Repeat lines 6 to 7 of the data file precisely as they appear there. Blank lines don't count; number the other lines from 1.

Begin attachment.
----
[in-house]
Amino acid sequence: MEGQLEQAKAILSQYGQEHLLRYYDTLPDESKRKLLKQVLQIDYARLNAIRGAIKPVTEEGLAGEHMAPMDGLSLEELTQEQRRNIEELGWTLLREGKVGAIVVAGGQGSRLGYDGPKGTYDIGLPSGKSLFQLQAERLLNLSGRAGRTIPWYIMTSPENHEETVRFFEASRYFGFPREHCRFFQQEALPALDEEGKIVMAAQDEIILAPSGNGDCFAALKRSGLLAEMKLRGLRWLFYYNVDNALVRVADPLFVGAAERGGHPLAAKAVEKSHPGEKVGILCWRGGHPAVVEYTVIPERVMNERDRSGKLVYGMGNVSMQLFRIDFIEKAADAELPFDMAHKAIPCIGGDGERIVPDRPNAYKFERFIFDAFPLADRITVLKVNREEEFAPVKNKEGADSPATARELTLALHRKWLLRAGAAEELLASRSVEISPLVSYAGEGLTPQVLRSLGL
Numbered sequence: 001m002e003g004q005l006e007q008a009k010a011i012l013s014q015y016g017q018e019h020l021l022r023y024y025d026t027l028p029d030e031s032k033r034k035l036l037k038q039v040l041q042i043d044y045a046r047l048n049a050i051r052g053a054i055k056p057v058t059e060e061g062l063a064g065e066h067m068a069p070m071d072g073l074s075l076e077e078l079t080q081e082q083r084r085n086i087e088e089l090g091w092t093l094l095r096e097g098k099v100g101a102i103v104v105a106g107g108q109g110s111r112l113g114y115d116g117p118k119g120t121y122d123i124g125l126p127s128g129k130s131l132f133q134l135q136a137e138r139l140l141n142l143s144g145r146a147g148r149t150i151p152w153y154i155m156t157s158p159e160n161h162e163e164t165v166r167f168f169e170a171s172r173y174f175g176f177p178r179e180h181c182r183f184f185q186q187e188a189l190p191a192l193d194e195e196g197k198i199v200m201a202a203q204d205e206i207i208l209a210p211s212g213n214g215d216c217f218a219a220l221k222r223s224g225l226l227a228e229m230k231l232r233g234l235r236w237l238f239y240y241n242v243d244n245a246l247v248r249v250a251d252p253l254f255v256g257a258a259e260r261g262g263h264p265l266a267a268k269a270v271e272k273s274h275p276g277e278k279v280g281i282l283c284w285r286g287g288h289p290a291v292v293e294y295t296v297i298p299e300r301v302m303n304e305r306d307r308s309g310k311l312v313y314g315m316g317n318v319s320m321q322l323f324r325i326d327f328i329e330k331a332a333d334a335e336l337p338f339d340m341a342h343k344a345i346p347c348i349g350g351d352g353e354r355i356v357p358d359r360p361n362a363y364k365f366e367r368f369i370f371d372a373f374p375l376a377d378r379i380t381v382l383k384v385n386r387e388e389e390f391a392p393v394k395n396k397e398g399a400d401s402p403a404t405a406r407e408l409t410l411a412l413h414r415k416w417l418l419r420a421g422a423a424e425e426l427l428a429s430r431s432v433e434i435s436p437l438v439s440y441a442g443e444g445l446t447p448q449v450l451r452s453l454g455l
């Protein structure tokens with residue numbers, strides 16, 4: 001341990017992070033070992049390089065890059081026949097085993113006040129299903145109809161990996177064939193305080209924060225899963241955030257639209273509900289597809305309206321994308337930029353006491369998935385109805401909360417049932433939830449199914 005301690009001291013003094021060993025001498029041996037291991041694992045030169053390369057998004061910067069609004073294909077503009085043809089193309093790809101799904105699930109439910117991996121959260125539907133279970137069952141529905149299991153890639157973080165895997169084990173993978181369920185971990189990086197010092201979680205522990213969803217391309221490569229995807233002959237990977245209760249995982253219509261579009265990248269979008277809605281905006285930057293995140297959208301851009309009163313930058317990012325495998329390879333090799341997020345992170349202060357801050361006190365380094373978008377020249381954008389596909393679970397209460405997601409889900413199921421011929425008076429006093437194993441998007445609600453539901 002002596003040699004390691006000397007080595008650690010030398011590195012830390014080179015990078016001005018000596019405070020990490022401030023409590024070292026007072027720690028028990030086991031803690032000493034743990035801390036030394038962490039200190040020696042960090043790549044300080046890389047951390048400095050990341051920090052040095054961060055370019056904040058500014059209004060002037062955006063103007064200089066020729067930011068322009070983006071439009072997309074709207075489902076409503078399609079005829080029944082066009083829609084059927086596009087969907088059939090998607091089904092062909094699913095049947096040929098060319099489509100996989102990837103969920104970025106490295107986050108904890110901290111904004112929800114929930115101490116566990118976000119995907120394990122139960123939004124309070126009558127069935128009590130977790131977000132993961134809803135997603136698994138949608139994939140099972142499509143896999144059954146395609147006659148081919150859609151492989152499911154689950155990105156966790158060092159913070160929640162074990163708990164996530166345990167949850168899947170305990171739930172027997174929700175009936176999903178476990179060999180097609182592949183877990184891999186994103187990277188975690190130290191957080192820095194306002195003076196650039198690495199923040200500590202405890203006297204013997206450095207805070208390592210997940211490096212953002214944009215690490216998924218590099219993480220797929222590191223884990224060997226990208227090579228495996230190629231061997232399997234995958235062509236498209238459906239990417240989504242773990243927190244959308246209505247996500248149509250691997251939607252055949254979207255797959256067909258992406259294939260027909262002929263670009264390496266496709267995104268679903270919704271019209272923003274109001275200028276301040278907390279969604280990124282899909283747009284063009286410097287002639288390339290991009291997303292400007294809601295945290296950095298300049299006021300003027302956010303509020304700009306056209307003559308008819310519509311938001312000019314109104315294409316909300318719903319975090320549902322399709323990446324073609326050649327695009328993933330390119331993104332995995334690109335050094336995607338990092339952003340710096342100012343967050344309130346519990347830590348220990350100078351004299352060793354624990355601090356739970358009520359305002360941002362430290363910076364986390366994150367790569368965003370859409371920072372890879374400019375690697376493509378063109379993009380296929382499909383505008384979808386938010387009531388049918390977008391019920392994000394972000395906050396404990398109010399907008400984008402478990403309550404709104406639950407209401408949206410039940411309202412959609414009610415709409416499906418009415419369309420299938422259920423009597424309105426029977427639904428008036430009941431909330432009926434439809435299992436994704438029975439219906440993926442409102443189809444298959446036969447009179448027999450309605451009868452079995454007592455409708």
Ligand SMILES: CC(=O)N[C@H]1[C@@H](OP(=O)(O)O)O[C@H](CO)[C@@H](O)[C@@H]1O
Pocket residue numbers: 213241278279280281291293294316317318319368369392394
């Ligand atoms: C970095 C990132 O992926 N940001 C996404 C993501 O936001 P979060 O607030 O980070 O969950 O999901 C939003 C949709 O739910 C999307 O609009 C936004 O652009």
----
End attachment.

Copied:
Pocket residue numbers: 213241278279280281291293294316317318319368369392394
């Ligand atoms: C970095 C990132 O992926 N940001 C996404 C993501 O936001 P979060 O607030 O980070 O969950 O999901 C939003 C949709 O739910 C999307 O609009 C936004 O652009």